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Embryo Treehouse

The sign of a good treehouse when you’re a child is if it blends into its surroundings, protecting its occupants from annoying siblings or nagging parents. And the same principles apply to treehouses for adults.

The Embryo Treehouse by British architect Antony Gibbons is a cylindrical two-storey tree dwelling that uses the principles of biomimicry by imitating the organic curves found in nature. The design of the structure gives the illusion that it is almost part of the tree trunk. Clad with cedar shingles to blend the dwelling with its surroundings, the Embryo derives its name from the early stages of development in nature. Through the design, Antony aimed to demonstrate the need to redefine the way we live in today’s society to become more ecological and simple, without consuming the earth’s resources. Antony’s concept for the Embryo is part of a series of designs to try to reconnect society back to nature and encourage a more resourceful use of materials.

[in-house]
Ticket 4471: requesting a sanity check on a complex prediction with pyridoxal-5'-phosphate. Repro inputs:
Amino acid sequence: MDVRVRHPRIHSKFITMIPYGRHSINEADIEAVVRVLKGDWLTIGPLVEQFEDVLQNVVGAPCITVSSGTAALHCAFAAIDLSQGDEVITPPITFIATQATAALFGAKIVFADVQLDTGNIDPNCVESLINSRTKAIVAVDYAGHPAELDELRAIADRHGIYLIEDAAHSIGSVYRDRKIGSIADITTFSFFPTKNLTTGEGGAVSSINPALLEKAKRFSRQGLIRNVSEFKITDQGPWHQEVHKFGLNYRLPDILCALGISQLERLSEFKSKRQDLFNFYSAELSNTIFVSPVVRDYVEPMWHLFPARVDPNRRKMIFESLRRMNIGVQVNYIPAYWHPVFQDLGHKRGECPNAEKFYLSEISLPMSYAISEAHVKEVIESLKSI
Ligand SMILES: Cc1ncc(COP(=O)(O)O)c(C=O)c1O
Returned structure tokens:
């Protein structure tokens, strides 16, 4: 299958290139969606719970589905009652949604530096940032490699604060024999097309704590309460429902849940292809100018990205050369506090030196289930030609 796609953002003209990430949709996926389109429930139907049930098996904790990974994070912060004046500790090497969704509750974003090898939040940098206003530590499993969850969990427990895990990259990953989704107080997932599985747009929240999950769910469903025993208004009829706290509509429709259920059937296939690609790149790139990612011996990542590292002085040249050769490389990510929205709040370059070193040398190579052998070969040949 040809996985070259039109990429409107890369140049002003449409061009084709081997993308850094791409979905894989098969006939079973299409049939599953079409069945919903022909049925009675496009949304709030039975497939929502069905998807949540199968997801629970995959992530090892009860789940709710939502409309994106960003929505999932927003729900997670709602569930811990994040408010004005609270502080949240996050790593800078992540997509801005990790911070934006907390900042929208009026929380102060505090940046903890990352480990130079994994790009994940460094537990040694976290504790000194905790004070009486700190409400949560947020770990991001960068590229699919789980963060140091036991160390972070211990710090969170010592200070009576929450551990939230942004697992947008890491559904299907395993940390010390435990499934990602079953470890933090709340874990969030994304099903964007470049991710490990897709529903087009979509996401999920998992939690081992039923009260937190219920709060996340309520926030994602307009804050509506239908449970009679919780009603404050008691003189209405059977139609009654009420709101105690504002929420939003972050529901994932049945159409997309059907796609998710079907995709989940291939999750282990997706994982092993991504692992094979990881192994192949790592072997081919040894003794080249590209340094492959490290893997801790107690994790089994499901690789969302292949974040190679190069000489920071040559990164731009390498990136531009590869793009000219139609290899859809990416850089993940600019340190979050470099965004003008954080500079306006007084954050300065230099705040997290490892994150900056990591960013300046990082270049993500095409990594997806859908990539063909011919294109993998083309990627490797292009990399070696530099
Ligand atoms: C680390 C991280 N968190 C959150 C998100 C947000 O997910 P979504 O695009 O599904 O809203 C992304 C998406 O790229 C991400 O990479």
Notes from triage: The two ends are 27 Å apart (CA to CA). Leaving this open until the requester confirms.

The treehouse is attached to the tree using a series of braces that do not interfere with the growth of the tree nor cause damage to the bark of the trunk. The entrance is through a hatch door that leads up to the first floor and then to the second floor via steps that spiral upwards on the internal walls of the cylinder. This allows maximum floor space and makes it capable of sleeping up to eight people. There are three different designs of windows for the structure, which can be custom-made to suit each treehouse depending on the light levels of the surrounding area. Unfortunately the design for the Embryo has yet to be brought to life, but is an encouraging glimpse into the future of sustainable living.